By Tiffany McDonald
On November 5, 2015 I was diagnosed with breast cancer. Everything changed. Not only did I need help, but everyone could see how vulnerable I was as I lost my hair and became physically weak from treatments. The lesson breast cancer continues to teach me is that I need to live as I believe. I had bought into the American ideals that I can do it myself. Of course, these feelings are antithetical to my theology. I know we need each other. I am Trinitarian; I believe that God is 3-in-1, thus God is community. While I regularly preach on the necessity of community, I admit that I do not always practice what I preach.
Allowing Others to Care for Me
I feel like I am vulnerable all the time, and I dislike being vulnerable. I feel like I wear my heart on my sleeve, but the truth is even my husband, who knows me best, cannot always read me. I hate asking for help. I hate needing help. Fiercely independent, I like to be alone and do it alone. I suspect that I am not alone in this, among congregational leaders. My head and heart know the truth of needing others, but they do not often submit in tandem. As I was surrounded by love and care and meals, I was reminded that community is how to live. The truth was and is that I do need other people.
During my treatments, my family needed meals, my children needed play dates, and sometimes I needed to call in sick and let my staff cover for me. Still, I did not take enough time off, though my personnel team encouraged it. I kept showing up, thinking it would prove that I was ok. In reality, the congregation witnessed my physical weakness and saw the changes in my body. I could not hide them. By trying to prove I was fine, I was actually letting them see my weakness.
Preaching Out of Vulnerability
My two best sermons were powerful because I allowed myself to be vulnerable. One was Ash Wednesday, on John 5:1-9. Jesus encounters a man at the pool by the sheep gate, where people with many different maladies gathered. This man had been ill for thirty-eight years. Jesus asks him, “Do you want to be made well?” I confessed that I identified with this man. I did not want to do chemotherapy, and I did struggle with choosing to be sick in order to be made well. Because my cancer was curable, and I had small children, I had to choose healing, even though it terrified me.
By the time I preached this sermon, I had been in treatment for three months. My hair was gone. I was already showing the effects of the steroids. I was tired. For the first time, I did not wear my wig to worship, and instead wore a scarf under a hat. When I got up to preach, I removed the hat, and with just the scarf, it was clear that my hair was gone. Everyone knew I had been wearing a wig, but with it on I had looked “normal.” Now I was letting them see my reality. It was scary. Sharing my truth, both in my words and in my physical appearance, made the sermon memorably powerful.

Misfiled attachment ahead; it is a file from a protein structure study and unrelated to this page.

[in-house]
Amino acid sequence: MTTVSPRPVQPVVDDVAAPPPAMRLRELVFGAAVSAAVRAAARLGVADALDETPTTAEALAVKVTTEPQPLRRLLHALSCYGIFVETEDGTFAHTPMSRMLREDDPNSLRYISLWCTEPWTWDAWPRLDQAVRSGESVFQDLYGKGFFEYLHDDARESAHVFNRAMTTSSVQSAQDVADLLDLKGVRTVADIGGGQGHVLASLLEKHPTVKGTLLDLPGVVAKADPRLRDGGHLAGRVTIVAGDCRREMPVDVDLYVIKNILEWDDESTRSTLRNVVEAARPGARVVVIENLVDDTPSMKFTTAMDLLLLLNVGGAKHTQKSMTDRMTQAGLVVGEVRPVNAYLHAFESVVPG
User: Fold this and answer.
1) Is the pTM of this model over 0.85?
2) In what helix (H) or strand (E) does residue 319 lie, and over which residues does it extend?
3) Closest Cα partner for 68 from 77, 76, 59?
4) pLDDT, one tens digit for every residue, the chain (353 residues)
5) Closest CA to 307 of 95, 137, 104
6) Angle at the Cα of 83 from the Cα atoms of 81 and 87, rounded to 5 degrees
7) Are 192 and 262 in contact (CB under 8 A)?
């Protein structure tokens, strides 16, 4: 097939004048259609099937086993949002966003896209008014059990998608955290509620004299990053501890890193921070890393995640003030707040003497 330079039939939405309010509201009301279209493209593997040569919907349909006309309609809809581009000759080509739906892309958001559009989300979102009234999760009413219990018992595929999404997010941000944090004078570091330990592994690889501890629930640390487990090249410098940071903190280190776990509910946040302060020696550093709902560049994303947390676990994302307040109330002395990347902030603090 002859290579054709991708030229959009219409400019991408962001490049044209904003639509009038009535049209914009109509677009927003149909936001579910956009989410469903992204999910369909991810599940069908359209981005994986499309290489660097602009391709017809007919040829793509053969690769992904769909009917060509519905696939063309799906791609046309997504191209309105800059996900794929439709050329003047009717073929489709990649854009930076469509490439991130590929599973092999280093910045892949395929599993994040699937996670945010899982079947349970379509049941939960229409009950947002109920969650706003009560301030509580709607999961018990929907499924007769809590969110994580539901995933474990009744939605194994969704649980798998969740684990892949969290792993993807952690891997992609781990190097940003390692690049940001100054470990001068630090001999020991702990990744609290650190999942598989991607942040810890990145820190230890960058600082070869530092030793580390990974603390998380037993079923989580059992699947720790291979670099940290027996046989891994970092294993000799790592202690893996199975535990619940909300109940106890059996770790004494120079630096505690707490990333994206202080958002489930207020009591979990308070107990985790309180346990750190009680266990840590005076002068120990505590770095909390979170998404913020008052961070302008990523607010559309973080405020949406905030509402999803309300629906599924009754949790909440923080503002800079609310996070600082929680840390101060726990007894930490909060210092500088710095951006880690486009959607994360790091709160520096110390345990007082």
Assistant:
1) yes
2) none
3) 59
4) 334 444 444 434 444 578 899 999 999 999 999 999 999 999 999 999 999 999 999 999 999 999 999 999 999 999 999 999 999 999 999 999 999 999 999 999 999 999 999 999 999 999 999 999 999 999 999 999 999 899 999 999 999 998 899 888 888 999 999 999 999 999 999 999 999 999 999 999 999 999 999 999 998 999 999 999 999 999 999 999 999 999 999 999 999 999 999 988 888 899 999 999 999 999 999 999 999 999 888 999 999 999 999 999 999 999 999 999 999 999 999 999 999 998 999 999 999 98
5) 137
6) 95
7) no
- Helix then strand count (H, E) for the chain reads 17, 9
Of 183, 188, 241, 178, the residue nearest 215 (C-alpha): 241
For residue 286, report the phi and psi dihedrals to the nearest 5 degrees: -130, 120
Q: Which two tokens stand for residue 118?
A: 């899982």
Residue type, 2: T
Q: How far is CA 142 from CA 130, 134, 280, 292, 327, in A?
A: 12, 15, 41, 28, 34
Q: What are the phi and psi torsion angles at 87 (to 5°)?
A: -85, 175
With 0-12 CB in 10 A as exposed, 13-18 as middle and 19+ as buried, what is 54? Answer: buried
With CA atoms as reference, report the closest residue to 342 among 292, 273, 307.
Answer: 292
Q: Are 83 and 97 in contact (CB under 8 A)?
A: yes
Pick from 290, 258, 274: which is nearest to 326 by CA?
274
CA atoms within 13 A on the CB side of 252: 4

That July I preached on boldness, as a fruit of the spirit in Galatians 5:22-23. By then, I had finished my twelve rounds of chemotherapy and had my mastectomy. I had resumed one of my maintenance chemo drugs, but I was regaining strength. “Cancer rehab,” a type of physical therapy, aided in regaining my energy. I had just begun radiation. In that sermon, I removed my scarf and showed my hair that was growing back for the first time. I was afraid. It was an unforgettable sermon that people still reference. How often we preach a sermon that we need to hear ourselves! Preaching on being bold helped me realize I could be bold. I could remove the hot scarf and show them my very short hair. Trusting them to love me anyway, and I could stop pretending I was well.
Empowering Others to Show Vulnerability
When leaders show our vulnerability, we give others permission to be vulnerable. We allow them to see that we are human and might understand what they are going through. We witness to our faith: that it is normal to be imperfect, standing in need of God’s grace. We align ourselves with our Lord who was willing to die, an act of total vulnerability. Jesus took time to rest. He showed his emotions. He submitted to a cruel, painful death. On the cross, he was publicly tortured. He endured all that suffering, even crying out to God in pain. Jesus modeled leadership for all of us, demonstrating that even in our times of vulnerability, we are witnesses to our faith.
I still hate asking for help, but I continue to get better at actually doing it. I do my best to remind myself that I am strong by being vulnerable. Authenticity and integrity are essential to me, and so I have to be honest about my needs. No one wants a lone wolf leader. Our congregations want to know their pastors—the real person—not an idealized version. Of course we need to focus on the kingdom of Jesus Christ. Our congregations should know that it is not all about us. Breast cancer forced me to value vulnerability and to find my strength even when I felt most weak, raw, and exposed. When we model authenticity, we invite others to do the same. When we share our story, we create space where others feel safe to share.
About the Author
Tiffany McDonald is an Ordained Elder in The United Methodist Church. She currently serves as an Associate Pastor at Minnetonka United Methodist Church in Minnetonka, Minnesota.
Photo by NEOSiAM 2020